We’ve all seen the movie 300 right?
The one where 300 women working as actresses, directors, producers, writers and agents in Hollywood kick off an initiative to support women across all industries in battling sexual abuse in the workplace? How they, improbably, managed to keep the media’s attention long enough to use their platform, and the horrible events that led to what we’ll call Hollywood’s Great Predator Outing of 2017, to elevate voices of victims who work in fields “less glamorous” than the movies?
What, that's not a movie. It's a real thing that happened — radically belatedly — today.
The group behind the initiative, Time’s Up, offer a clear-eyed plan of action for fighting sexual harassment in the workplace, including legislation and a $13M legal defense fund supporting women without the finances to negotiate the legal system.
The plan was revealed in the January 1st New York Times in the form of an open letter signed by 300 women working in Hollywood, most if not all of them major players. Survivors are not more or less deserving of support based on their social or economic backgrounds — appropriate when you consider that the abuse goes much further than Hollywood, and disproportionately affects women of color.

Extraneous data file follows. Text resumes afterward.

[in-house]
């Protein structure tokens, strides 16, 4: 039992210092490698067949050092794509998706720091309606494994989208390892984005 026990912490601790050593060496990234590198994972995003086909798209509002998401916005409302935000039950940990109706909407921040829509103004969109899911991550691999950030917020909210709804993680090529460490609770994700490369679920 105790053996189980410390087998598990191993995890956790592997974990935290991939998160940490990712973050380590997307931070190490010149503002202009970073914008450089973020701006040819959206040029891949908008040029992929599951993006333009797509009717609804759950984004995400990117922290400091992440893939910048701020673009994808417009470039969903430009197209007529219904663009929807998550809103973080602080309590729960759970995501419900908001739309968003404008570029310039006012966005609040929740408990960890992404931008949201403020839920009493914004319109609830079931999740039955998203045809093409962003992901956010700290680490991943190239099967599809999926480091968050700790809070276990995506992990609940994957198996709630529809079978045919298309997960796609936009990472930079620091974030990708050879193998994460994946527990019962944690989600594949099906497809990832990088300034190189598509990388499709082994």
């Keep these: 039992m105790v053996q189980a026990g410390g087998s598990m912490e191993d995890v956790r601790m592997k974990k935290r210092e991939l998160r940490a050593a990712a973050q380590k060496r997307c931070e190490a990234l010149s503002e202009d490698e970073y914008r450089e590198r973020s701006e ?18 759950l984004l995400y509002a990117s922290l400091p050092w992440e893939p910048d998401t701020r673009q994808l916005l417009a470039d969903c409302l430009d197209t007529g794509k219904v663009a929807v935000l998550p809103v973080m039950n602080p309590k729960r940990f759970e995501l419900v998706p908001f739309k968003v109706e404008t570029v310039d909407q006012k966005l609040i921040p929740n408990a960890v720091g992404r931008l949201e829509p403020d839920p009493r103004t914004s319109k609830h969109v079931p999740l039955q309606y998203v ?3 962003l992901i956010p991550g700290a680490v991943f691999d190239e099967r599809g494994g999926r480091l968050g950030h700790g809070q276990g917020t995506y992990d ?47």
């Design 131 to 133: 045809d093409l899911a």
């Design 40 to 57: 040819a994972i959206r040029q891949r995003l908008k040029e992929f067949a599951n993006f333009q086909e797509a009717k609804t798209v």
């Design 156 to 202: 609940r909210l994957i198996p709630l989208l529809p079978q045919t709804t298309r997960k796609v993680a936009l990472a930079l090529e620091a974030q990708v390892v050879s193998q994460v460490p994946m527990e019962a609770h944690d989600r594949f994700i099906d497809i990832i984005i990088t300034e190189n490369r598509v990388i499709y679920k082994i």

When consequences of sexual violence permeate even our daily lives, we have to ask ourselves some serious questions: How did we get here? What are we doing to help those who have been affected? And what are we going to do to prevent this trend from persisting in the future?
We can start by listening to survivors. But then we must act. And in lieu of the legislative action this issue sorely deserves, a chartered effort spearheaded by some of the most influential women in Hollywood is a promising first step.